It doesn't, and I can't imagine that the more expensive brand-name ones work any better.
The current eBay going rate for 48-blade units is less than $AU20 delivered (about $US20 or £13).
(That eBay search doesn't seem to be geo-targeting very well for me here in Australia; here's one that ought to only turn up items that can be shipped here.)
UPDATE: As mentioned in the comments below, there are rotary blade tenderisers as well, that roll like a pizza cutter. Here's a search that I think finds them a bit more effectively than the above searches.
UPDATE 2: Renowned crapvendors DealExtreme also now have 48-blade tenderisers similar to the one I've got. There's a black one and a white one, each for $US17.40 including delivery to anywhere, which I think undercuts the eBay dealers by a little.
It's easy enough to use a blade tenderiser: You just put it on the meat and press down. The blades slide out of slots in a guard on the bottom, and when you release the pressure springs retract the blades again.
The tougher the gristle you're tenderising, the harder it'll grip the blades and resist them retracting. Basically, the more resistance to the blades a given location on the meat has, and the more impressive the crunching sound when you stab it, the more times that area should be stabbed.
The springs are the only weak point of this design, I think. The standard springs in the tenderiser I got were very stiff and heavily pre-loaded, which meant they retracted the blades out of the meat very well, but forced you to push down on top of the meat too hard in the first place, squashing the steak.
I removed the blades and took the handle apart (four simple screws), removed the standard internal springs, and added the natty external coil-over replacements you see in the picture:
They're shock springs for a model car, and they aren't strong enough to retract the blades by themselves, so I have to push the guard and handle apart a bit myself, but the steak is minimally squashed. I think that's a good trade-off.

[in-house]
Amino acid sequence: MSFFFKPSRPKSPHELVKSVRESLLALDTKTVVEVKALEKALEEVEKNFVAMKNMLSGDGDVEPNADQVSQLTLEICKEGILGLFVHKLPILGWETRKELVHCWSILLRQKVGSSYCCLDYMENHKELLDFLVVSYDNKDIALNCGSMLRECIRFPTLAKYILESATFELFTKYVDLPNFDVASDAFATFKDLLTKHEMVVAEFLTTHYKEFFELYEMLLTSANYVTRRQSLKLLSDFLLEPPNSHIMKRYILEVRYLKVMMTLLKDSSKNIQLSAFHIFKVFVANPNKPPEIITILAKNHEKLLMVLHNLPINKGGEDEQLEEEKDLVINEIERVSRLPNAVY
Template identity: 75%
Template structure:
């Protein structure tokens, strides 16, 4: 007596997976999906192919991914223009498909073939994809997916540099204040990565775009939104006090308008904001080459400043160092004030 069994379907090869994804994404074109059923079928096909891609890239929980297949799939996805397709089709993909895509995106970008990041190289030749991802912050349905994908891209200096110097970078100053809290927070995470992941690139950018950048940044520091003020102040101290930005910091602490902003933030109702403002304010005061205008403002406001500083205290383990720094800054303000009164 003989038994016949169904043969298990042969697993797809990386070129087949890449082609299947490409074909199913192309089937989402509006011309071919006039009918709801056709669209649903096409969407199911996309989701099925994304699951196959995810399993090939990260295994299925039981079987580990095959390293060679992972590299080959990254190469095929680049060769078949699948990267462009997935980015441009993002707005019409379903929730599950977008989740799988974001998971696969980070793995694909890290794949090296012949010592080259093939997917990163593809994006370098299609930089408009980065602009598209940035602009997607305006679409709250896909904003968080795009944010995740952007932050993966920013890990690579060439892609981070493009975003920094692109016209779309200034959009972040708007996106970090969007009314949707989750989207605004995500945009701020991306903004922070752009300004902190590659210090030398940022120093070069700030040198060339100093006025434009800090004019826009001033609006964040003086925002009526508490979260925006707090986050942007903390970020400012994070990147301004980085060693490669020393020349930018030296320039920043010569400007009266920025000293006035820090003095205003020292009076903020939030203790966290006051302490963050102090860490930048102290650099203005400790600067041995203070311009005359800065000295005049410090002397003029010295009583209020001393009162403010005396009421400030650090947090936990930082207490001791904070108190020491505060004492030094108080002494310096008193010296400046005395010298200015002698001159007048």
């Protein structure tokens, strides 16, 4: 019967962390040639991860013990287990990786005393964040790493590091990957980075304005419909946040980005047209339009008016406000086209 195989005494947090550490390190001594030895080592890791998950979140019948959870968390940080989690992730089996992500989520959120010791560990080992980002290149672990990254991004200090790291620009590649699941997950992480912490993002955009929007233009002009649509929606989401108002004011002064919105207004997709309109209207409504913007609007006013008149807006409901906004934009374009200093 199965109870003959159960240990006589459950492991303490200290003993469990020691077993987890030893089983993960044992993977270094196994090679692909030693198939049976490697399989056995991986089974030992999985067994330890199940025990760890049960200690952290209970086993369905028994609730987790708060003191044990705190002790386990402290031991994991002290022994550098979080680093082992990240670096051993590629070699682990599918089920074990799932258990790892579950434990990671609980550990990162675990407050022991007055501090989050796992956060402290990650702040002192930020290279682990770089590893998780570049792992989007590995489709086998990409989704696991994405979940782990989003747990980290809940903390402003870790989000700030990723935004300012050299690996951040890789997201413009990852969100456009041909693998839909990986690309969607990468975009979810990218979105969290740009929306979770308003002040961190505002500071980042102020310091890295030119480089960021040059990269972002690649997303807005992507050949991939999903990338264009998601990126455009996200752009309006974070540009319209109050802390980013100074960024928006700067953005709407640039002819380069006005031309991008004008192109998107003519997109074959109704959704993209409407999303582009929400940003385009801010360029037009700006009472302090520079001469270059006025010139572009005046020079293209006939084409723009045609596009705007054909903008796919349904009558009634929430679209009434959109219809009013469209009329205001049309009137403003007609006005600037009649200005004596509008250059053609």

The very cheapest blade tenderisers found by that eBay search have only 16 blades, and the spring setup might be better for those. The standard springs don't totally squish the life out of the meat, either; I am unsure how much of my motivation to modify the thing came from an actual need to do so and how much was just my desire to tinker with things.
Apart from that, though, I've had no problems with this thing at all. It works, and it keeps working. I've deliberately bought the toughest cuts of beef I can find - even when they're not actually any cheaper than a slab of chuck - and it's worked, quite quickly, on all of them.
The blade cartridge is removable for cleaning. You push the blue button on the handle to one side and press the tenderiser down on a breadboard, and the blade cartridge pops out the top. The guard at the bottom slides out for cleaning, too. Both of these parts can go in the dishwasher.
Actually, you can put the handle assembly, or the whole assembled tenderiser, in the dishwasher if you like. If you do, though, water will get into the handle, and not want to come out.
The only parts that contact the meat are the blades, the slotted guard and the edge of the guard-holding frame, though, so you can dishwash the removable parts and quickly scrub the frame by hand. As I said in my old review of the AeroPress coffee maker, "impossible to clean" is right up there with "does not actually work" in the list of Mortal Kitchen-Gadget Sins. My blade tenderiser does not have that problem.
Even if you don't have any trouble affording fancy naturally-tender steak, a blade tenderiser could come in handy to make meat more marinatable, or any other time you need a lot of little slits cut in something or someone.
If your grocery budget is tighter, though, one of these things can pay for itself the first time you use it for a family meal. You can even use it after you cook a steak, if there's a gristly bit you missed.